Why diversity on TV is no laughing matter
NAZEEM Hussain finds his punchlines in the everyday.
All the inspiration he needs is under his nose and the quirks of ordinary life are more than enough to fill a half-hour TV show.
The stand-up comedian and I'm A Celebrity favourite stars in Channel 7's new sketch comedy show Orange is the New Brown.
The short, snappy sketches poke fun at everything from The Bachelor to Real Housewives-like prison drama and an innocent game of charades that goes too far.
Even when he's making jokes about racism, Hussain doesn't use the show as a soapbox.
"All the messages are incidental," he says.
"If you're funny first, then all those things come out tangentially. When you try to make jokes about (current) issues through a sketch it's more tricky; audiences can get turned off a little bit.
"So long as my comedy is a reflection of what I think is funny, then people connect with the authenticity of that."
What Hussain, an observant Muslim of Sri Lankan descent, is proud of is the diverse cast he's brought into Australian lounge rooms on a commercial free-to-air network.
"To do a sketch comedy show on a mainstream, commercial network that has a cast that looks like modern Australia, that's a pretty damn big statement," he says.
"We're used to middle aged white dudes doing comedy on TV, so to see that space occupied by a different group of people shows the changing face of Australia. People are interested in a different type of comedian and tastes are broadening."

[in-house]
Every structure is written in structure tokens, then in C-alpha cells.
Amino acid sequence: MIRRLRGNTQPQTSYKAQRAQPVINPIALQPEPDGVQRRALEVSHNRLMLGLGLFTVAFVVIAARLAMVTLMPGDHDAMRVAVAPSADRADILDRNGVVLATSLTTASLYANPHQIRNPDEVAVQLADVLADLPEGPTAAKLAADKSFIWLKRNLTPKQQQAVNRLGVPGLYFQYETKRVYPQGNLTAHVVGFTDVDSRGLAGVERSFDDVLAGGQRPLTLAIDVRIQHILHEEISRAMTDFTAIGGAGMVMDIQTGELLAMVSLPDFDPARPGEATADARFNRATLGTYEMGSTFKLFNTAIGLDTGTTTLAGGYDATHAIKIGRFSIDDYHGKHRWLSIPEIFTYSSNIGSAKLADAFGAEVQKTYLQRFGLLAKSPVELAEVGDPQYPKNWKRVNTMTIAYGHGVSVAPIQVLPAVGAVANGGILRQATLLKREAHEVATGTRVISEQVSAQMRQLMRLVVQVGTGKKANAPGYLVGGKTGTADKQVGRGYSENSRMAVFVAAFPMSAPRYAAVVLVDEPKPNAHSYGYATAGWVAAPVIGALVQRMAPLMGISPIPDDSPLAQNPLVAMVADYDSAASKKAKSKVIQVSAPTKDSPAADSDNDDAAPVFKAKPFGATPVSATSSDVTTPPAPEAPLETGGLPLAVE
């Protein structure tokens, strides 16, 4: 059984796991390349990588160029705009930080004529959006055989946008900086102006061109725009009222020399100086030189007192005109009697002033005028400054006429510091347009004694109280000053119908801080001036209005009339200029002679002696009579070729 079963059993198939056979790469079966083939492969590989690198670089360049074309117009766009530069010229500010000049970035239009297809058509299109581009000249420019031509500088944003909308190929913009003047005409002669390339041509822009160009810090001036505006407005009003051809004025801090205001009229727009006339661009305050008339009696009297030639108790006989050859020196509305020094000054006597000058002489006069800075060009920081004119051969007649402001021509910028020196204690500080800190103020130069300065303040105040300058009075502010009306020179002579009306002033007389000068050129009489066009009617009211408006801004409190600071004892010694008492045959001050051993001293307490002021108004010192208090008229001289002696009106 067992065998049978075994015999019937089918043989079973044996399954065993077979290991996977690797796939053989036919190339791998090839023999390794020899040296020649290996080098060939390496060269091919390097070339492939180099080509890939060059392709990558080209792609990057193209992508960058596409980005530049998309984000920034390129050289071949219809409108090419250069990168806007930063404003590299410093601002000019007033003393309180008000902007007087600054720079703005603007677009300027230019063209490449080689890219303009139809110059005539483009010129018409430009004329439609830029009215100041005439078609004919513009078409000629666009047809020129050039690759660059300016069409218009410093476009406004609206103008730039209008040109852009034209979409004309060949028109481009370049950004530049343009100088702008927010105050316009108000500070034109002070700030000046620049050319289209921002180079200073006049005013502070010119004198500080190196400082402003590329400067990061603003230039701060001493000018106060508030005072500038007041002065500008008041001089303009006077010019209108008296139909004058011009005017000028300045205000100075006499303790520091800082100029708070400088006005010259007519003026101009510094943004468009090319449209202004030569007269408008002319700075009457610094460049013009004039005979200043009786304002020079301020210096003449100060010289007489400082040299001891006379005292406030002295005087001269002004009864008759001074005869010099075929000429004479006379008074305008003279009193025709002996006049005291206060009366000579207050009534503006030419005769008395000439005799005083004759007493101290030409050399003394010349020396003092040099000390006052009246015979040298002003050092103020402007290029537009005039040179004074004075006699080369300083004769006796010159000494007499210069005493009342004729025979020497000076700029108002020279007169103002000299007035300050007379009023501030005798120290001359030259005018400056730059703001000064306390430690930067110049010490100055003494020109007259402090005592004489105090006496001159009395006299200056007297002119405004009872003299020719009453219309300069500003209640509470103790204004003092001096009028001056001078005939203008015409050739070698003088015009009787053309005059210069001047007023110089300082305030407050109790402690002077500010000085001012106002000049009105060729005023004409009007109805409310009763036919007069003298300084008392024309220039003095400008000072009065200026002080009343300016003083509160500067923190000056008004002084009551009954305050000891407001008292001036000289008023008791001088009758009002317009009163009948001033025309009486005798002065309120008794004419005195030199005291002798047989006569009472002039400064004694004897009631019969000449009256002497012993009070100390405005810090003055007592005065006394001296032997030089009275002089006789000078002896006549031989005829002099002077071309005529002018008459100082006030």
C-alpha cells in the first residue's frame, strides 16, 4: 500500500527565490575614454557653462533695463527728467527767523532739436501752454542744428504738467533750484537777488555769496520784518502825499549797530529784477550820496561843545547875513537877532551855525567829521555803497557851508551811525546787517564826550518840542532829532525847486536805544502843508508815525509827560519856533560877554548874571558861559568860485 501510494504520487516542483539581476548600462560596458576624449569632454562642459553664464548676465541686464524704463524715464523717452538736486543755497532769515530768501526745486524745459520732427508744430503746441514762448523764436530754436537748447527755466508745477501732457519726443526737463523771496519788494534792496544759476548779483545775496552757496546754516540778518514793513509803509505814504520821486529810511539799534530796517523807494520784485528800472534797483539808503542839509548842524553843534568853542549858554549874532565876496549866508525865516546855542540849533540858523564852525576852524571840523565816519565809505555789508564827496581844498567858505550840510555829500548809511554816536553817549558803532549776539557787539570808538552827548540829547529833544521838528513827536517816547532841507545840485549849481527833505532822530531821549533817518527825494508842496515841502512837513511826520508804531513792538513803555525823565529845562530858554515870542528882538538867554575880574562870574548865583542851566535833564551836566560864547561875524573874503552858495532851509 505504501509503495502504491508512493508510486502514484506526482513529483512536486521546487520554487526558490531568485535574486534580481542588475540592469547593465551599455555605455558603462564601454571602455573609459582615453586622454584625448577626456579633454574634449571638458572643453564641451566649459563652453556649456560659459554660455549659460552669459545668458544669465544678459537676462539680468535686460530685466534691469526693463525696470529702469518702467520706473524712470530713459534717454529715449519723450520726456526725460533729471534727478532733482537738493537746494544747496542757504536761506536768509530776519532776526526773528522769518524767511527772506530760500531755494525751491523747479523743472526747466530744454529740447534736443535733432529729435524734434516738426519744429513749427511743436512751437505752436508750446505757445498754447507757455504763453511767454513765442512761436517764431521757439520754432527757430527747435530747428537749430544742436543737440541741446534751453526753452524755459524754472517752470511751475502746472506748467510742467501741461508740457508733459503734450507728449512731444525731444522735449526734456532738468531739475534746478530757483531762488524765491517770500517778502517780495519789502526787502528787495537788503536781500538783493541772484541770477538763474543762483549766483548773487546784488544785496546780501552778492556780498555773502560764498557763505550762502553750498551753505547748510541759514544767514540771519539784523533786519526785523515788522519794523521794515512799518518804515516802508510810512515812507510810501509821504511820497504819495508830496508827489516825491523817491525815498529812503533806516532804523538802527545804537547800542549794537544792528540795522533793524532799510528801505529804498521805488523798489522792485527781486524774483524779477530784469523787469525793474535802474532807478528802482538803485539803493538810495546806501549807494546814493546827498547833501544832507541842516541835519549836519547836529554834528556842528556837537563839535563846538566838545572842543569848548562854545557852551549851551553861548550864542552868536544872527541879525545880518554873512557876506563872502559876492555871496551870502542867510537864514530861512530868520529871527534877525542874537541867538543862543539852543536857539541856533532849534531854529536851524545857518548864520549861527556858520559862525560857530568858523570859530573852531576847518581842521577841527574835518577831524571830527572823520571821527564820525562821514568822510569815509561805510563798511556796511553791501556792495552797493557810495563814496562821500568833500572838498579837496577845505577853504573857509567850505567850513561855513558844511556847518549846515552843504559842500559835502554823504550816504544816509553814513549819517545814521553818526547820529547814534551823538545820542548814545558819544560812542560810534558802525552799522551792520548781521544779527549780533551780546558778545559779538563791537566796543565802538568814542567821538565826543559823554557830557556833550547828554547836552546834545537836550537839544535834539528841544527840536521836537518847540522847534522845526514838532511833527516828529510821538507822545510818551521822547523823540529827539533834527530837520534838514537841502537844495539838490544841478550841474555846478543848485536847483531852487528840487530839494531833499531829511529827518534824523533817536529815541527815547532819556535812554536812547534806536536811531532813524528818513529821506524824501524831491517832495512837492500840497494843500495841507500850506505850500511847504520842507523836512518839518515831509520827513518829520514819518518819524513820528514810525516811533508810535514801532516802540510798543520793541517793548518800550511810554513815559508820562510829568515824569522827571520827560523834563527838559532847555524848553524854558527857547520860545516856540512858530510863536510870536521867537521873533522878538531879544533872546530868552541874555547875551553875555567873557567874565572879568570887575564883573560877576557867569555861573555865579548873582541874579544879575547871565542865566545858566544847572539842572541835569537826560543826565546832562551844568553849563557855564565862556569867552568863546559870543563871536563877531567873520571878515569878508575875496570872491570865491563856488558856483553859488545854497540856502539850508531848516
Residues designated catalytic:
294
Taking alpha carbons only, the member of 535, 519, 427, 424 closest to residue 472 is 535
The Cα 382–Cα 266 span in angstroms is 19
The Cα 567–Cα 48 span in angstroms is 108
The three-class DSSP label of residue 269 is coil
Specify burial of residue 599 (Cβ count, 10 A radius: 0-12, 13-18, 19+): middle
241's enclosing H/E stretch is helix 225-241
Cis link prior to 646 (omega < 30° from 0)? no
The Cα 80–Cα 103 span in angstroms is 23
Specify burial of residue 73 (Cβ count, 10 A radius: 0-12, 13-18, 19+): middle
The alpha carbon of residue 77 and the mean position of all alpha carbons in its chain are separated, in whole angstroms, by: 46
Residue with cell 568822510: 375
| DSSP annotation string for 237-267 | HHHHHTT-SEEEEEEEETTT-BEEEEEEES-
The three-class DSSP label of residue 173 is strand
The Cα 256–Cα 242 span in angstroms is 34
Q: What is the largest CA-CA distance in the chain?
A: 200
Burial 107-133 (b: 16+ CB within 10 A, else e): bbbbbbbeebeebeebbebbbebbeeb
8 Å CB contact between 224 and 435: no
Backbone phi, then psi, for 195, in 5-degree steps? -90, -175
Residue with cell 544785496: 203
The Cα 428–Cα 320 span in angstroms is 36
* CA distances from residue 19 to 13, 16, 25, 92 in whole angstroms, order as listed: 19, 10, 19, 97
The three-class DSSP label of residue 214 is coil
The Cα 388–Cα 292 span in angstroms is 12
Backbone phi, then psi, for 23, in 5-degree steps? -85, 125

Orange is the New Brown features regulars Urzila Carlson, Becky Lucas, Matt Okine and Broden Kelly as well as guest appearances by Kat Stewart, Claudia Karvan, Tim Minchin, Gary Sweet, Firass Dirani and Sigrid Thornton.
"The best comedy is made when it's just you and your friends doing funny stuff," he says. "I called on friends to do stuff and people I've been a fan of like Claudia, Kat and Sigrid. I'd never worked with them before but you can tell they have funny bones.
"It was actually annoying because they're all great actors and they're funny. It was just so effortless.
"They were all super invested in the ideas. It's not like you get these famous people on and they just rock up on the day. They were coming into the writer's room, texting ideas and experimenting on the day. It was cool to see them so invested and committed."
Hussain, who has previously fronted Legally Brown and Salam Café on SBS, said he had more freedom writing comedy for a commercial network.
"The ABC and SBS have more restrictions in a way because of that balanced rule," he says.
"With Seven they don't really care as long as you don't make fun of their sponsors and I had no jokes about car companies so it was a freer space to do comedy."
The challenge for the 32-year-old is the lack of immediate feedback he's become accustomed to in stand-up comedy.
"The aim of the game when you're making comedy for TV is to make the people in the room laugh," he says.
"If the camera is shaking because the cameraman is laughing then you know you've done something right."
Orange is the New Black airs Thursdays on Channel 7.